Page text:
Corinne: Yeah. I think enough is always the booger, like more people can do hunger than they can enough. And I think it has everything to do with just the basic thing, when something’s in motion it’s always harder to stop. Like it’s a lot easier to put off starting than it is to be in motion and then have to pull yourself back.
So with enough, the reason why people suffer from it is because we have so many thoughts around it. Like once your body is done, like my favorite one is always I don’t want to waste food. Like that tends to be almost something everybody shares because at some point in life we wanted to get our money’s worth or we were told –
Older generations were always told there’s some kid somewhere starving that would want your food. And I tell my clients all the time, hey, that kid is not sitting back when you stuff yourself going, “Somewhere in the world, a person has just fed me.” Like that’s never happened, so at least stop using that excuse.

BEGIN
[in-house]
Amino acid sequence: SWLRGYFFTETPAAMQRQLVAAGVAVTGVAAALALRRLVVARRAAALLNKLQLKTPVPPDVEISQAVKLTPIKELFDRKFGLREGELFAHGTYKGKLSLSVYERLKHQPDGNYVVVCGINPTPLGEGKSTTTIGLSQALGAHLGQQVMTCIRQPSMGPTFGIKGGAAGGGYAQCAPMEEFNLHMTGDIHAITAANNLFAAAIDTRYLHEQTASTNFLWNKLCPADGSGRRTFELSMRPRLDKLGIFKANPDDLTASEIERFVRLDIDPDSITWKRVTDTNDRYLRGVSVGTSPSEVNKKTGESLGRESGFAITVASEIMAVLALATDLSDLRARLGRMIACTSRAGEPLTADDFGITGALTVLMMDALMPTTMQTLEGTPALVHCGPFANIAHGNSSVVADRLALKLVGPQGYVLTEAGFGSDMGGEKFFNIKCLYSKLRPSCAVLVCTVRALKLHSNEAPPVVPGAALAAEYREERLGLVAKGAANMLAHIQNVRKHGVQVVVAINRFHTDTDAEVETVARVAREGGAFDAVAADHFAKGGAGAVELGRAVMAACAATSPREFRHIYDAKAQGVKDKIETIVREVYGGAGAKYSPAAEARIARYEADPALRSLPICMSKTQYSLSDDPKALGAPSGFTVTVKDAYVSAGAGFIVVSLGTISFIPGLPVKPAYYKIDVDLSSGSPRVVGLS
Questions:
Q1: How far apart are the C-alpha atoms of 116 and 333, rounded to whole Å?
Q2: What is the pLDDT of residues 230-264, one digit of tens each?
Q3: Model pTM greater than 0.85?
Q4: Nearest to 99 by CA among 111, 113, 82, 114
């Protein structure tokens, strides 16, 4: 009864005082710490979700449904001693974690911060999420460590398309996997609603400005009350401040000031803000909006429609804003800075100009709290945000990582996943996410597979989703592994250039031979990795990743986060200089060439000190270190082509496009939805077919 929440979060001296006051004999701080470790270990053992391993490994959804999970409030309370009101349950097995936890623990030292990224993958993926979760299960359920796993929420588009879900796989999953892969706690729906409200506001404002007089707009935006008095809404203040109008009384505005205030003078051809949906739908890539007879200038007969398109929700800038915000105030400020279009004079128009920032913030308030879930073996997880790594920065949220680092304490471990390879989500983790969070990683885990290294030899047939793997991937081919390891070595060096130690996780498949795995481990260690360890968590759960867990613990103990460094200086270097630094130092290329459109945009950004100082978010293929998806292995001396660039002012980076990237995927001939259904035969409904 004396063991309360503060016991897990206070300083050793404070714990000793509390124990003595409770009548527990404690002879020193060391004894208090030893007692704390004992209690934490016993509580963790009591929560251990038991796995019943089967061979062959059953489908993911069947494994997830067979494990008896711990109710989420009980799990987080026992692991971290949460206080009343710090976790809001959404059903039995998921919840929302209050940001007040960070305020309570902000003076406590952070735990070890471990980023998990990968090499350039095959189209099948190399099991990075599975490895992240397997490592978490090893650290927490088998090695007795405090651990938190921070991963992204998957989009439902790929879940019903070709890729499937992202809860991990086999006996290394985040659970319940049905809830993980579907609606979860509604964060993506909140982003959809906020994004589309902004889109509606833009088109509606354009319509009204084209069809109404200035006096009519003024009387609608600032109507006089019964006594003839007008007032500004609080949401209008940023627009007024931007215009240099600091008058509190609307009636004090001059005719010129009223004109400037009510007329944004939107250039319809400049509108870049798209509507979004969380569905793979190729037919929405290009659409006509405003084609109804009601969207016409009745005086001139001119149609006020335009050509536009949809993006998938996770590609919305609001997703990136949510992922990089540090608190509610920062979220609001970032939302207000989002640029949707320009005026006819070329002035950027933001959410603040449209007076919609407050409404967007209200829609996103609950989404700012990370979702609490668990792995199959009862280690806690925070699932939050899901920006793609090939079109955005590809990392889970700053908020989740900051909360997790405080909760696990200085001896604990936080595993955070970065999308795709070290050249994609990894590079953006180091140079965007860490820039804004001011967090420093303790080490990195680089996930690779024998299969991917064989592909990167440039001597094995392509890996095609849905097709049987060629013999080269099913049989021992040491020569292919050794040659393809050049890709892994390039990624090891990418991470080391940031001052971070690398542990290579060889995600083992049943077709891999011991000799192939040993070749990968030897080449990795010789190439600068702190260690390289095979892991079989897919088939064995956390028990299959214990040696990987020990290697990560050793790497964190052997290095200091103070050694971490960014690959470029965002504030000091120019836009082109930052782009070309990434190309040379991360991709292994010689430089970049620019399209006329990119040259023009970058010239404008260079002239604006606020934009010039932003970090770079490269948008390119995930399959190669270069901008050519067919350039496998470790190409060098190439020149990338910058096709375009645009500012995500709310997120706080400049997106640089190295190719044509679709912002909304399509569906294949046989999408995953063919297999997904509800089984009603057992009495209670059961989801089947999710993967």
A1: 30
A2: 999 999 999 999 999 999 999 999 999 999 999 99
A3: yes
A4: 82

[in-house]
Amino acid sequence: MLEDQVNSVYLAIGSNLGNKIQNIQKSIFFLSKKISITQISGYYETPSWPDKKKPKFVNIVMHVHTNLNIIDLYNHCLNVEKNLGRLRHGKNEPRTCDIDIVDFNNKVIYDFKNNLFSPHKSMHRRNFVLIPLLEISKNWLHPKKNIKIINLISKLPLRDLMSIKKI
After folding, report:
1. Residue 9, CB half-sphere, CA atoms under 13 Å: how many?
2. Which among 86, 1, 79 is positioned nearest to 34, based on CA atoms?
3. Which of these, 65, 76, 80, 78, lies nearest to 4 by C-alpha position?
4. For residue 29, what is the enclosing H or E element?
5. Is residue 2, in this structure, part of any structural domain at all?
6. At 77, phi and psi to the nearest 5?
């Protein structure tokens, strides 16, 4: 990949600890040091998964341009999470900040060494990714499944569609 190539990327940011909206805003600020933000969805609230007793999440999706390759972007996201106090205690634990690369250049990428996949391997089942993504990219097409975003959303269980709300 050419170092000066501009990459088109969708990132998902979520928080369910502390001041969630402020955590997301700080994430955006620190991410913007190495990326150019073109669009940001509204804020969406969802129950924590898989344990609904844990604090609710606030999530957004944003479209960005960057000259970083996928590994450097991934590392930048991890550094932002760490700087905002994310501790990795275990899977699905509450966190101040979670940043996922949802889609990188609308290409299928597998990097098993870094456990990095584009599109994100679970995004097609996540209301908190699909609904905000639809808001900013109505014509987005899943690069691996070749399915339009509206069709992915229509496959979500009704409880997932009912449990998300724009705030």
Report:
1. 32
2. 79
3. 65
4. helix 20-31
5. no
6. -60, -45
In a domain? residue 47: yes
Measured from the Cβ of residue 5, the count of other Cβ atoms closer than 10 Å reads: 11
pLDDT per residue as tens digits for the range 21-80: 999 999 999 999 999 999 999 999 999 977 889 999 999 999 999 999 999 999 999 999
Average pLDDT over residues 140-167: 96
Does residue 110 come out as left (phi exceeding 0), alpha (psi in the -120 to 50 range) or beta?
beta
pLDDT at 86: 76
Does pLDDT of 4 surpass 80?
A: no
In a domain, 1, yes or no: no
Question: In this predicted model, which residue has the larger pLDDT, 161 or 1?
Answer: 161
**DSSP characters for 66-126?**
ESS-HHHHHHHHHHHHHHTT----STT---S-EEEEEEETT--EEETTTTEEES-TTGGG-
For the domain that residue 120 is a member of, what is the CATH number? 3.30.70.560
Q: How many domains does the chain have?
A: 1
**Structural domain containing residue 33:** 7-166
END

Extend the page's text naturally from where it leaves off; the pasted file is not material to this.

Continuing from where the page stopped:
But I do these things called the four Ns because the hard part of stopping at enough is all of that thinking and feeling that comes along with stopping. Like when you are looking at food and you’re saying, “I don’t get any more,” that feels very restricting. It suddenly feels very depriving. And so I help my clients look at what is the actual thing you’re thinking about it?